Match your nose characteristics to your boards for different waves. From left: a wider thin nose with flatter rocker works great in smaller waves; next, a medium width mid thickness nose with a little more nose rocker is great for your all round surfing; on the right, a narrower slightly thicker nose with more rocker is what you need for bigger heavier waves
The image above and caption sums up how you can utilise the different nose characteristics to rapidly improve your performance.
There's also another personal characteristic that plays a part.
You may have heard surfers described as Front Footed or Back Footed. This means that at times on the wave, like when doing a bottom turn, you tend to put your weight more over and drive from your front foot. Or you tend to lean back with your weight over your tail and turn with your back foot.
Although there's conjecture among the world's top Shapers whether there is such a thing, as all turning is meant to come from your back foot with your front foot providing balance, it's fair to say that at different times on the wave a surfers weight is switching from being over the front foot to the back foot where it's primarily meant to be.
If you tend to put weight forward you may perform best on a board with more nose rocker as your board will curve and drive into the wave as you lean forward putting it into turns.
If you tend to put your weight back you may like less nose rocker, turning from your tail rocker.
There's shaping tweaks to give you the best of a wide and narrow nose, and a flat and rockered nose. On the left, the nose width can be tweaked with a subtle curve just before the tip, maintaining then reducing width. On the right, your rocker can be flatter then tweaked at the tip so you get speed and an assist not to nose dive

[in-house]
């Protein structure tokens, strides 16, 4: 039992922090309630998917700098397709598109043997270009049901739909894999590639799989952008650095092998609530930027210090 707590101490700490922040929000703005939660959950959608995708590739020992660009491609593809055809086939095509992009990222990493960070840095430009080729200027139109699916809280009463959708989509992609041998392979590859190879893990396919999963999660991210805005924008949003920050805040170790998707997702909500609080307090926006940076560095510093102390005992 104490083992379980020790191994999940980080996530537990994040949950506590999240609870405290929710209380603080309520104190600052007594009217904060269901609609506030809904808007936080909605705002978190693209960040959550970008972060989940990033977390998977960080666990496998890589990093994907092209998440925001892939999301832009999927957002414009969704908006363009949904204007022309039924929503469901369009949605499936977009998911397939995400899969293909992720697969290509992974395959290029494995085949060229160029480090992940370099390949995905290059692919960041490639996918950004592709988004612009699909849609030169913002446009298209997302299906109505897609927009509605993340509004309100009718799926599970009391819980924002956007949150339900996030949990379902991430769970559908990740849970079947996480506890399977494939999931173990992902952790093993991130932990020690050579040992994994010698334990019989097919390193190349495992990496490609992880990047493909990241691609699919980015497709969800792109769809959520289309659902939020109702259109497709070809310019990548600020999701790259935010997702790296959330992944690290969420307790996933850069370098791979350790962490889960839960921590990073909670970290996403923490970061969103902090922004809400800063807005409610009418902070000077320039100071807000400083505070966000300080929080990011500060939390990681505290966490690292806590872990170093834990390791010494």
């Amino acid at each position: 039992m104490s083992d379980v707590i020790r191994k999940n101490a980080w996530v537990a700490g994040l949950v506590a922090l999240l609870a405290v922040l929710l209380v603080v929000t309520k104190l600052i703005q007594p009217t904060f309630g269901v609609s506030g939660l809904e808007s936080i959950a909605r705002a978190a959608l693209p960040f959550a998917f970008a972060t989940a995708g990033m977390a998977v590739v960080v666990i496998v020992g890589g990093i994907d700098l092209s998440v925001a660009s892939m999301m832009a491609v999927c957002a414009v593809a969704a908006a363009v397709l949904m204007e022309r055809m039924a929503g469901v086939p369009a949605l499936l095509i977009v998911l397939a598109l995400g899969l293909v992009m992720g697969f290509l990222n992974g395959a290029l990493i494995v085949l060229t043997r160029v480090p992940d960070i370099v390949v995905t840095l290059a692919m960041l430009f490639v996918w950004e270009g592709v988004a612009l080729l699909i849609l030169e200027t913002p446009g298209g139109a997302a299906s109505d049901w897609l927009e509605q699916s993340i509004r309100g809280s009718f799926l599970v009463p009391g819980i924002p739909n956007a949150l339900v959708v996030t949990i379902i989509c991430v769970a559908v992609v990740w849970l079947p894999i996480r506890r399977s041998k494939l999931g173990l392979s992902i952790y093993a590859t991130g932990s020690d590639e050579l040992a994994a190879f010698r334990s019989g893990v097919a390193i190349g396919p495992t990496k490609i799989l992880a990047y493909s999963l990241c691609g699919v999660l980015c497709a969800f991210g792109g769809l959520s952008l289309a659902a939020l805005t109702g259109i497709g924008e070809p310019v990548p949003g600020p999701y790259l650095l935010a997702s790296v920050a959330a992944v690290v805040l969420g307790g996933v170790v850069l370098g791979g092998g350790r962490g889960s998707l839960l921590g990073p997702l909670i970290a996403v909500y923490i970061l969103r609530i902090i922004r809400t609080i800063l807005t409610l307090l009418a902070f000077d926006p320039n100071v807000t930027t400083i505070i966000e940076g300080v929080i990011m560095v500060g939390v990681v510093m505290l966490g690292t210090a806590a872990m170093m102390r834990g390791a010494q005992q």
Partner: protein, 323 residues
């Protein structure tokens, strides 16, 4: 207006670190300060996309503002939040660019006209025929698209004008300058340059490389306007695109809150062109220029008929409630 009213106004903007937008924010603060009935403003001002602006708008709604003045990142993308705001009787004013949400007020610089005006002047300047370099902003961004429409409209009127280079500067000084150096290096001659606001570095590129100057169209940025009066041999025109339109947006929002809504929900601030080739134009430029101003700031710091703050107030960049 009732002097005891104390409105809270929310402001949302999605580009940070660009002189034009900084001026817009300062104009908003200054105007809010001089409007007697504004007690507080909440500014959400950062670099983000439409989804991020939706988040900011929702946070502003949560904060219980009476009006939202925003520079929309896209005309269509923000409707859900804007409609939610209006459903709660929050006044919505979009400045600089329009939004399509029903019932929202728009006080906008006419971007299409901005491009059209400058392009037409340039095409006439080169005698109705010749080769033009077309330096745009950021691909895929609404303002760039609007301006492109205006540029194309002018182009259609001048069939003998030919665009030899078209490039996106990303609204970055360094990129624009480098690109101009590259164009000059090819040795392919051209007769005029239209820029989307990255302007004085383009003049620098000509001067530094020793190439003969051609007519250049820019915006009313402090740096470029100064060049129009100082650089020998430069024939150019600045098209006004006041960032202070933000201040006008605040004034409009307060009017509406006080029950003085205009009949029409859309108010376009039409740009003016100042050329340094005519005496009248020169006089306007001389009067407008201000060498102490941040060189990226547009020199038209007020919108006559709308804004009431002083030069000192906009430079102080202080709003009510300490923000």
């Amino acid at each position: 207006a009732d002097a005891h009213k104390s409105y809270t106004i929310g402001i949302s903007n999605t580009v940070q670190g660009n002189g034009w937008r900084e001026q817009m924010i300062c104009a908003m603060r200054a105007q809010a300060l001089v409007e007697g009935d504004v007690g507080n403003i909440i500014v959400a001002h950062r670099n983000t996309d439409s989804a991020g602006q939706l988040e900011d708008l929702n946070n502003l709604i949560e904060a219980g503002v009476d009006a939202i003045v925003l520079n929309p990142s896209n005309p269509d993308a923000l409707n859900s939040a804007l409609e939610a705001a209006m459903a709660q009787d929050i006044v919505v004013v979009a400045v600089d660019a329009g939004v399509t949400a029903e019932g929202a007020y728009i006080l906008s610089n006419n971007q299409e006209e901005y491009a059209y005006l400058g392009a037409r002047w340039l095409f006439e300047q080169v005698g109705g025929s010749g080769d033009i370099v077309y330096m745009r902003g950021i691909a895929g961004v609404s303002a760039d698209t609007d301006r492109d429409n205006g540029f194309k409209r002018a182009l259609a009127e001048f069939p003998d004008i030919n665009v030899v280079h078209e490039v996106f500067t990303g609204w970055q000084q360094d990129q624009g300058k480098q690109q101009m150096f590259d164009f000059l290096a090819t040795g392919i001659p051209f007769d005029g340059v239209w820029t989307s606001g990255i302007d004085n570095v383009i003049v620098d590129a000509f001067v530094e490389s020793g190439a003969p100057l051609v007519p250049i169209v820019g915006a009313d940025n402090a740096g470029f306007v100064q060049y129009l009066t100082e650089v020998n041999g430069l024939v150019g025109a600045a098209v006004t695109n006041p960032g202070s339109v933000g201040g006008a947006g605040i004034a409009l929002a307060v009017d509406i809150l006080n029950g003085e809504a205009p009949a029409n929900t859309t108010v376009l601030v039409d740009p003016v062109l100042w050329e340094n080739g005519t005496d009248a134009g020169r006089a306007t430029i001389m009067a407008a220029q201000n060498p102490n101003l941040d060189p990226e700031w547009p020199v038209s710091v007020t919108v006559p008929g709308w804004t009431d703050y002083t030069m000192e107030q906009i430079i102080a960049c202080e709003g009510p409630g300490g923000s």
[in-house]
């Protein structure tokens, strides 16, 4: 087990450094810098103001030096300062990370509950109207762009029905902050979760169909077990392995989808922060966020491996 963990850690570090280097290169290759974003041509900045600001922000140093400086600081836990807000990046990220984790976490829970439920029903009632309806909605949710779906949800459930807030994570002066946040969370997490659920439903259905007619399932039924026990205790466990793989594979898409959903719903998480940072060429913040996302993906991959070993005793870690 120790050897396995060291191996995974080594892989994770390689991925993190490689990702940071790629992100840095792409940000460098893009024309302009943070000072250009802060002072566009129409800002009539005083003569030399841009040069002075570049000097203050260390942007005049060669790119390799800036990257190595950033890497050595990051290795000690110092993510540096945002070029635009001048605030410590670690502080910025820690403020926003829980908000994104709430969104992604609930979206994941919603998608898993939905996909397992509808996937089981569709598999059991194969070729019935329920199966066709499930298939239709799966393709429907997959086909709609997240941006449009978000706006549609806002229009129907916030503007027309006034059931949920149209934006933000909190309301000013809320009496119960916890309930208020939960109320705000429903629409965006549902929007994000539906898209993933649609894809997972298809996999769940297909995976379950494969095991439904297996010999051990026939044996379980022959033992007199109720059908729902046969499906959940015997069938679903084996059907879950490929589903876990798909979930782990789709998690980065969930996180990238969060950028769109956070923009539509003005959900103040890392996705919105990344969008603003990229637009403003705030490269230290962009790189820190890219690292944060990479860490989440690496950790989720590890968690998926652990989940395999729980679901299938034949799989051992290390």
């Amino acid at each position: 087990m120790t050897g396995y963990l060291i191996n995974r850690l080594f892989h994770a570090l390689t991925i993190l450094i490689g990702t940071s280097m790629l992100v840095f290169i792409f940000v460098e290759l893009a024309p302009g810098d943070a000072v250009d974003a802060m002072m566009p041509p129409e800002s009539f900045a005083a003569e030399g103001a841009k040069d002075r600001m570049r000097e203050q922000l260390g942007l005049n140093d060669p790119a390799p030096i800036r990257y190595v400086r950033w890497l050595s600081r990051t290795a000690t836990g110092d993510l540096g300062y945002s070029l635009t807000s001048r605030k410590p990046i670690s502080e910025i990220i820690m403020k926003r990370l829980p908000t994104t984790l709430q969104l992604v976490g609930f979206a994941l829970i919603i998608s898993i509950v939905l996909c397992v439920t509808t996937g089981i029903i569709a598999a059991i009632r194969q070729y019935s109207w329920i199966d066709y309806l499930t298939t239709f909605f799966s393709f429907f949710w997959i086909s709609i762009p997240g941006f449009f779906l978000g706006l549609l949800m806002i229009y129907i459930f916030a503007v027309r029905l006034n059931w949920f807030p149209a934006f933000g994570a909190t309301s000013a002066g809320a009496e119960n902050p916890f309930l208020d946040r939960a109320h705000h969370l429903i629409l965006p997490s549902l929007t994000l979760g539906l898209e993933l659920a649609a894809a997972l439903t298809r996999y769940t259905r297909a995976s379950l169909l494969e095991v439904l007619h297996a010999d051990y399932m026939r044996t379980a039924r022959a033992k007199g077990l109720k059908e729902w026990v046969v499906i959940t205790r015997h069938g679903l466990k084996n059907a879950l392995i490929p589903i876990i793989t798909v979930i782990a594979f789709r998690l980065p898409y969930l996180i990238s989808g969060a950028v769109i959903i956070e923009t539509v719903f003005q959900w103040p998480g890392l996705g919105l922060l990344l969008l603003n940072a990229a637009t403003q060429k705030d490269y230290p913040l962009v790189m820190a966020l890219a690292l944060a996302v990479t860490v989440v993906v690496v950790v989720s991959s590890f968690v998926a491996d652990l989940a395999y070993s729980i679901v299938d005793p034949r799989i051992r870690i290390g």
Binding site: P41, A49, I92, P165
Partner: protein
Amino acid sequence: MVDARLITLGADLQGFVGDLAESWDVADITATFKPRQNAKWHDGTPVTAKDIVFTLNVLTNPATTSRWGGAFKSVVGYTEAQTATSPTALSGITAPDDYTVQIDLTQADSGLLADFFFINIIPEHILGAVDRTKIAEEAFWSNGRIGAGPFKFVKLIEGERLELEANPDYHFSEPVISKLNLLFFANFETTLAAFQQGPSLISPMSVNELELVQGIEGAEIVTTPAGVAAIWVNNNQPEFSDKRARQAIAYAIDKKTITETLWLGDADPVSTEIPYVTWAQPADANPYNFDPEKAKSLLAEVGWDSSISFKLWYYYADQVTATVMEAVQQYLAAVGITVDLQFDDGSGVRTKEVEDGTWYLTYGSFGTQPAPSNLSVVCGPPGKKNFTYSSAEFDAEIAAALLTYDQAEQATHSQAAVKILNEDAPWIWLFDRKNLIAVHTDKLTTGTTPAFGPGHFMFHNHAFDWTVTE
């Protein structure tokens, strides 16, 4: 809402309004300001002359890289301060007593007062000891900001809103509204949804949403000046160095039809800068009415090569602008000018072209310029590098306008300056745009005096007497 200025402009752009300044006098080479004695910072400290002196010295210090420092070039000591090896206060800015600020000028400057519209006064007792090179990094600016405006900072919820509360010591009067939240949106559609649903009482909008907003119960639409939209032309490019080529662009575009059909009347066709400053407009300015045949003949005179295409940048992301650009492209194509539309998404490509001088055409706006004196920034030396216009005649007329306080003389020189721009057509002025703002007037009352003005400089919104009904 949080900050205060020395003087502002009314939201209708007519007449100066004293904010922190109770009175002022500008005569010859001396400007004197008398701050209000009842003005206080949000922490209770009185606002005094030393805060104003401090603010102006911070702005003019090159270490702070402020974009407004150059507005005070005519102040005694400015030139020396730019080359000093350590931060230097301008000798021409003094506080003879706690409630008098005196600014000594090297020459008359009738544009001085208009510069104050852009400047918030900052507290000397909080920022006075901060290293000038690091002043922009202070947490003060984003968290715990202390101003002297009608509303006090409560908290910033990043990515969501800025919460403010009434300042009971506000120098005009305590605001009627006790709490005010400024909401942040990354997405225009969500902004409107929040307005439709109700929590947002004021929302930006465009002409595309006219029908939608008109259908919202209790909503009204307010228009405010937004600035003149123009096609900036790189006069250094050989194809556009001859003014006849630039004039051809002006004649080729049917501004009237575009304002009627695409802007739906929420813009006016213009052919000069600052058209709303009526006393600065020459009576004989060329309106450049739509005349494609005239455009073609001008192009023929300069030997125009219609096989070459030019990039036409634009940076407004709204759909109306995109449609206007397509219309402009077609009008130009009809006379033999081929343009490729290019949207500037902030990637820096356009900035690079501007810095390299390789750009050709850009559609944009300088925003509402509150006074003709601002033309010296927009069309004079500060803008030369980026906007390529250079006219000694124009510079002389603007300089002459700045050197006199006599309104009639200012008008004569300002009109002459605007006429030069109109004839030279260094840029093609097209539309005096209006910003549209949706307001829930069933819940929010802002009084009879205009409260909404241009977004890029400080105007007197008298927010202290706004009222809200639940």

You still need to paddle well and catch waves so it's vital to get good nose rocker - whether your nose is flatter or rockered.
If you're not yet sure of your personal preferences in nose rocker here's a few tips.
For you as a progressing surfer, you should be wanting to do more turns wherever the wave permits. So a board with more nose rocker would be better than too flat.
In your shorter small wave board go with flatter nose rocker and a slightly wider, thinner nose. This will give you a good wave catching board, fast on the wave face.
SURFit has Quiver Packs of 3 boards so you can get a set of boards with nose rocker and other attributes customised for you to match the common wave conditions you face so you can progress fast and always be surfing at a high level
For your mid size board go with less nose width, with a touch more nose thickness and rocker. This nose will aid your wave catching and you'll still have a responsive board.
For your Step Up, go with even less nose width, a bit more thickness and a touch more rocker and tweak at the nose tip. This will help you not to nose dive and help you get into solid waves. The extra nose rocker will help you do carving power turns utilising the power of the wave.
As you progress you'll find you'll have not just different boards for different wave sizes, but several boards for the same wave size - one will be for sucky waves with more nose rocker, the other for fuller waves with less nose rocker.
Great nose rocker with all factors tailored to your style and ability come together in your SURFit surfboard design. Perfect to progress your surfing.